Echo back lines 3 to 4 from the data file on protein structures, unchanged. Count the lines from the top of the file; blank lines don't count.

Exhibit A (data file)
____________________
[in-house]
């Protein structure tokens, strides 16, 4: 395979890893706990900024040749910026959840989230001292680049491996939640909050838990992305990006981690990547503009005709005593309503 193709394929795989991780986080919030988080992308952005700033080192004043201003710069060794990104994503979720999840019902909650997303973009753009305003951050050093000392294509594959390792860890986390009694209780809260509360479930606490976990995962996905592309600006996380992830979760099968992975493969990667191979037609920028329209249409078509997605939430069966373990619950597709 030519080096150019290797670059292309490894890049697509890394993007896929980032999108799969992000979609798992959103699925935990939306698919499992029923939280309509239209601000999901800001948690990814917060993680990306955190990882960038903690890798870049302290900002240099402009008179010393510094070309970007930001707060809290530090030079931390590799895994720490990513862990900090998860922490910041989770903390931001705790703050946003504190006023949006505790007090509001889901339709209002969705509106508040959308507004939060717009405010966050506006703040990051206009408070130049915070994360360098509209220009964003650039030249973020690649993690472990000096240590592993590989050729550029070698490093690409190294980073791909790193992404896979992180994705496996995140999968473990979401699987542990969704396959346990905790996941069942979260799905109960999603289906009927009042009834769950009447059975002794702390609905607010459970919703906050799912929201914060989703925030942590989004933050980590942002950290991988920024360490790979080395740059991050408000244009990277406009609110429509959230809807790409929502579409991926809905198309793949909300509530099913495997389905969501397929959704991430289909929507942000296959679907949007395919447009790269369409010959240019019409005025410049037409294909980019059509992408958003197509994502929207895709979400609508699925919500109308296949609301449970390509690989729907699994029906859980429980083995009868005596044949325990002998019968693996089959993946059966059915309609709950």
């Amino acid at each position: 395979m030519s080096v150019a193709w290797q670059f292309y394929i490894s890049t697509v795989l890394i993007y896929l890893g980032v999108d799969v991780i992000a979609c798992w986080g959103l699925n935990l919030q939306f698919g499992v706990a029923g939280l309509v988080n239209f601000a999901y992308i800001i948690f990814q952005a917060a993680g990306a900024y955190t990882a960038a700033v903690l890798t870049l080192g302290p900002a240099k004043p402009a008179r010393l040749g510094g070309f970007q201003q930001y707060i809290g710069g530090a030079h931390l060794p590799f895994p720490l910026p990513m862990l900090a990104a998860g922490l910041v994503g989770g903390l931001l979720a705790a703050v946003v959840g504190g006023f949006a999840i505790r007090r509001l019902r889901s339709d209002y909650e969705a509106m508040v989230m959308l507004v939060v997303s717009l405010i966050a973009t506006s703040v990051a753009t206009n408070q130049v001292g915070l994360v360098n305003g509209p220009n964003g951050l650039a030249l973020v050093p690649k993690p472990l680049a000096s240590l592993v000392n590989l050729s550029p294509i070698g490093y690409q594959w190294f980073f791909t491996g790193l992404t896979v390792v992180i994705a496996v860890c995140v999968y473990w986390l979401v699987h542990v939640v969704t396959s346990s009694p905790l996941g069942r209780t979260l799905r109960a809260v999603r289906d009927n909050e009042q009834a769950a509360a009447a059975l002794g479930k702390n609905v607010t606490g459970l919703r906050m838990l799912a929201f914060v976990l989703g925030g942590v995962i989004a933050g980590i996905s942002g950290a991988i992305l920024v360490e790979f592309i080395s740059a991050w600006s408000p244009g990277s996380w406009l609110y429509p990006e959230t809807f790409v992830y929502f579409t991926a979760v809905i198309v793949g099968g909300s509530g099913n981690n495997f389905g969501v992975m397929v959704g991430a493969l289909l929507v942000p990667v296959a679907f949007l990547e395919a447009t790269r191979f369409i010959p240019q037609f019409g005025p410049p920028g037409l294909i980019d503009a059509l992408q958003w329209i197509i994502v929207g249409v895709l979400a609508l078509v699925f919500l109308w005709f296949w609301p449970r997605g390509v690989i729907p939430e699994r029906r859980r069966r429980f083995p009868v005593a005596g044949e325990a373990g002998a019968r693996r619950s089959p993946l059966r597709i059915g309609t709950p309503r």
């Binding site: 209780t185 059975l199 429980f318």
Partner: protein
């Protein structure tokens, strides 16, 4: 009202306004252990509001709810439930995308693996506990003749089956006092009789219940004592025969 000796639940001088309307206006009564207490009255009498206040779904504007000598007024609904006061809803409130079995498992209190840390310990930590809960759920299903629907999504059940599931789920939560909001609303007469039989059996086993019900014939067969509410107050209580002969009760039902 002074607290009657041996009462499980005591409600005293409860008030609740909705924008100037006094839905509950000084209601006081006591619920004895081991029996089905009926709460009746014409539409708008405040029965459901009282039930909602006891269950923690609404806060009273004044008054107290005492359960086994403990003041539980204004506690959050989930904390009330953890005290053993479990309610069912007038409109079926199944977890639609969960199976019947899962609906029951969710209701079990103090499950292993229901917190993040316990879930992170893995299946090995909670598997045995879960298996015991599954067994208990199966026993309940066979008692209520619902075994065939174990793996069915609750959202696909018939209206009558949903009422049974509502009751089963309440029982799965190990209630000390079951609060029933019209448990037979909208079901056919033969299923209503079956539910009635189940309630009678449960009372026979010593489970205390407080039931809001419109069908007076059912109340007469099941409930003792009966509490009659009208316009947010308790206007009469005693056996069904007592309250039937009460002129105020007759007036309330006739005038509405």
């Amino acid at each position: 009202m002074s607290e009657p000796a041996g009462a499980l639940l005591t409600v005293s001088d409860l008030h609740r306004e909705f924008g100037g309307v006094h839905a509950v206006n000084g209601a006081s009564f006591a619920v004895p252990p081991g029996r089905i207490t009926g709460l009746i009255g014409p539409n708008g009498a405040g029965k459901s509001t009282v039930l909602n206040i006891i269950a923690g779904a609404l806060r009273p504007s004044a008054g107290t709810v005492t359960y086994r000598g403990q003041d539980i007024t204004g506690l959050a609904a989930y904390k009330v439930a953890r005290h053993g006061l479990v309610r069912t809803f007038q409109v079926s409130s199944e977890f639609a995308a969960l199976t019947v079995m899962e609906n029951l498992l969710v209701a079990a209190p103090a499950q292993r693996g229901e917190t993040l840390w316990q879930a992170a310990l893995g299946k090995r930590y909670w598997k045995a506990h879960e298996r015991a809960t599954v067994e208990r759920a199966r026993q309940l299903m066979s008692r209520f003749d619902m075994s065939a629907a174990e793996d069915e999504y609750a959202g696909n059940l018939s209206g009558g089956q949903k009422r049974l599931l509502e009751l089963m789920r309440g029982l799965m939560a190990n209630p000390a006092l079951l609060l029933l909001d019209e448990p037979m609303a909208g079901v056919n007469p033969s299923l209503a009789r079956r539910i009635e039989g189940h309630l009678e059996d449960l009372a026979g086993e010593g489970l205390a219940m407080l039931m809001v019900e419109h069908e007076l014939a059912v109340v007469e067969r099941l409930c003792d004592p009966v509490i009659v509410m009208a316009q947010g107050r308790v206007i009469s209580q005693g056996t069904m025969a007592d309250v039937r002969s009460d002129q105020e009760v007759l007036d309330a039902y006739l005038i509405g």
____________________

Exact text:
């Amino acid at each position: 395979m030519s080096v150019a193709w290797q670059f292309y394929i490894s890049t697509v795989l890394i993007y896929l890893g980032v999108d799969v991780i992000a979609c798992w986080g959103l699925n935990l919030q939306f698919g499992v706990a029923g939280l309509v988080n239209f601000a999901y992308i800001i948690f990814q952005a917060a993680g990306a900024y955190t990882a960038a700033v903690l890798t870049l080192g302290p900002a240099k004043p402009a008179r010393l040749g510094g070309f970007q201003q930001y707060i809290g710069g530090a030079h931390l060794p590799f895994p720490l910026p990513m862990l900090a990104a998860g922490l910041v994503g989770g903390l931001l979720a705790a703050v946003v959840g504190g006023f949006a999840i505790r007090r509001l019902r889901s339709d209002y909650e969705a509106m508040v989230m959308l507004v939060v997303s717009l405010i966050a973009t506006s703040v990051a753009t206009n408070q130049v001292g915070l994360v360098n305003g509209p220009n964003g951050l650039a030249l973020v050093p690649k993690p472990l680049a000096s240590l592993v000392n590989l050729s550029p294509i070698g490093y690409q594959w190294f980073f791909t491996g790193l992404t896979v390792v992180i994705a496996v860890c995140v999968y473990w986390l979401v699987h542990v939640v969704t396959s346990s009694p905790l996941g069942r209780t979260l799905r109960a809260v999603r289906d009927n909050e009042q009834a769950a509360a009447a059975l002794g479930k702390n609905v607010t606490g459970l919703r906050m838990l799912a929201f914060v976990l989703g925030g942590v995962i989004a933050g980590i996905s942002g950290a991988i992305l920024v360490e790979f592309i080395s740059a991050w600006s408000p244009g990277s996380w406009l609110y429509p990006e959230t809807f790409v992830y929502f579409t991926a979760v809905i198309v793949g099968g909300s509530g099913n981690n495997f389905g969501v992975m397929v959704g991430a493969l289909l929507v942000p990667v296959a679907f949007l990547e395919a447009t790269r191979f369409i010959p240019q037609f019409g005025p410049p920028g037409l294909i980019d503009a059509l992408q958003w329209i197509i994502v929207g249409v895709l979400a609508l078509v699925f919500l109308w005709f296949w609301p449970r997605g390509v690989i729907p939430e699994r029906r859980r069966r429980f083995p009868v005593a005596g044949e325990a373990g002998a019968r693996r619950s089959p993946l059966r597709i059915g309609t709950p309503r």
């Binding site: 209780t185 059975l199 429980f318």